resourcesABOUT MT AUTHOR GUIDELINES CLASSIFIEDS EDITORIAL CALENDAR MEDIA GUIDE MASSAGE MART SCHOOLS & EDUCATION FEEDBACK
Why We Need to Fix the Mechanoreceptors (Part 2)
The muscle spindle, a particular type of mechanoreceptor, is located deep within the muscle belly, encapsulated in fascia made up of intrafusal fibers, all within the extrafusal muscle fibers.
NBCE Fumbles Computerized Testing Process
Imagine being a student again, about to take one of the four tests required to become a doctor of chiropractic. You've studied almost nonstop for the past few weeks. You can feel your anxiety level rise as you sit down in front of the computer screen.
Putting POLITE Into Practice
First came the acronym RICE (Rest, Ice, Compression, Elevation), which eventually became PRICE (Protect, Rest, Ice, Compression, Elevation). Then in 2015, we started hearing POLICE (Protect, Optimal Loading, Ice, Compression, Elevation).
The Most Important Vitamin You've Never Heard Of: K2
Imagine if one in every three patients who walked through your door was afflicted with a debilitating, yet completely preventable and treatable disease.
Physical Examination in an Evidence-Based World
I have always had a fascination with physical examination procedures, particularly orthopedic tests. The origin of my fascination began just after graduation when I began the chiropractic orthopedics program.
Case Study: 2-Year-Old Suffering From Urinary Reflux
A19-month-old female child presented to my office for treatment. Her mother reported the child had been diagnosed with urinary reflux and associated urinary tract infections, recurrent bouts of otitis media and inability to sleep.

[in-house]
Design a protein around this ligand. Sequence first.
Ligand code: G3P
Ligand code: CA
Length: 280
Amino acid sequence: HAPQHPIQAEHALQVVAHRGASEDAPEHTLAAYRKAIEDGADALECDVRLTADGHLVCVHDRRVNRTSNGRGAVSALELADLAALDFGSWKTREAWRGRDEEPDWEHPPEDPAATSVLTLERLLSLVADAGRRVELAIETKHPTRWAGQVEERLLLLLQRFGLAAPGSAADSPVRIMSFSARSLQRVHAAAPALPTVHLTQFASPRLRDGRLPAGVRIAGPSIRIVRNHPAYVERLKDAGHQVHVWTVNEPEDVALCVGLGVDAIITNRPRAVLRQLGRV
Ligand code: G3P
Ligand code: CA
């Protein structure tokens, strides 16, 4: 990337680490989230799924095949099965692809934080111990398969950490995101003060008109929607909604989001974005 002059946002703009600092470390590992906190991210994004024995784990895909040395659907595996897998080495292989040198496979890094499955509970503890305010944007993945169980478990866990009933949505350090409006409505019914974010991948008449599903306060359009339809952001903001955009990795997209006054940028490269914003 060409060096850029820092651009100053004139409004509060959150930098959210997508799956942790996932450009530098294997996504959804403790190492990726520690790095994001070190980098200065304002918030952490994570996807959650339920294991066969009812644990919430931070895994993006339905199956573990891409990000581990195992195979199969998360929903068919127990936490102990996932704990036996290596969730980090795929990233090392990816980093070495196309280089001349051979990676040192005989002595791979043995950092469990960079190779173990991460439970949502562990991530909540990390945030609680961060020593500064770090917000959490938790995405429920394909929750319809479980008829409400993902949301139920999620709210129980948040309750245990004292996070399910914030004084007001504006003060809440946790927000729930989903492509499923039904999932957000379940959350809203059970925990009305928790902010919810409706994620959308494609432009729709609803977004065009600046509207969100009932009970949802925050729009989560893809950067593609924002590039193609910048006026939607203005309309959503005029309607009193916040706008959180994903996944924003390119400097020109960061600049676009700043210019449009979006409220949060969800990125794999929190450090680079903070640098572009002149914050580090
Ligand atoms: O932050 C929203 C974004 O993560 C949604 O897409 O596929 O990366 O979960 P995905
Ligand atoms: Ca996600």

Patience vs. Patients
How long have you been in practice? I began my journey more than 20 years ago and opened my first acupuncture clinic in 2008. Just like you, I've learned a lot over the years. Recently, I sat in an interview and was asked what made me successful.
The Drug Epidemic: Are You Guilty, Too?
Attention-deficit / hyperactivity disorder (ADHD) has become epidemic among children in the United States. According to the Centers for Disease Control and Prevention (CDC), the percentage of school-aged children diagnosed with ADHD has grown from 7.8 percent in 2003 to 11.0 percent in 2011.
University of Bridgeport Acupuncture Students Make Rounds at Sisters of Notre Dame
Nuns are not stereotypical acupuncture patients, Dr. Jennifer Brett acknowledges with a laugh. But then again, acupuncture has gone mainstream, just like cappuccinos and recycling. "It's changed a lot from the '70s and '80s," said Brett.
CE Regulations Are Hurting Chiropractic
During my 35 years in the chiropractic profession, I have been forced to attend available continuing-education programs that were occasionally incredibly beneficial, but frequently not worth my time.
Dealing with a Pain in the Butt
The patient came into my office with the classic antalgic stoop. She was bent over almost to ninety degrees, leaning on her husband for support and staggering to walk. She had been under supportive care for a long time, but this new pain scared her.
Concerns Regarding CDC Guidelines for Pain Management
In response to the epidemic rates of opioid and heroin addiction, the Centers for Disease Control and Prevention (CDC) set new guidelines for physicians regarding treatment for pain.
Forward Head Carriage and the Feet: What's the Connection? (Pt. 2)
Clinical evaluation of standing posture using relatively low-tech tools has been confirmed as valid and reliable by several studies. The original device used to evaluate posture was the plumb line, which served as a reference line for the effects of gravity on body alignment.
The Lung Official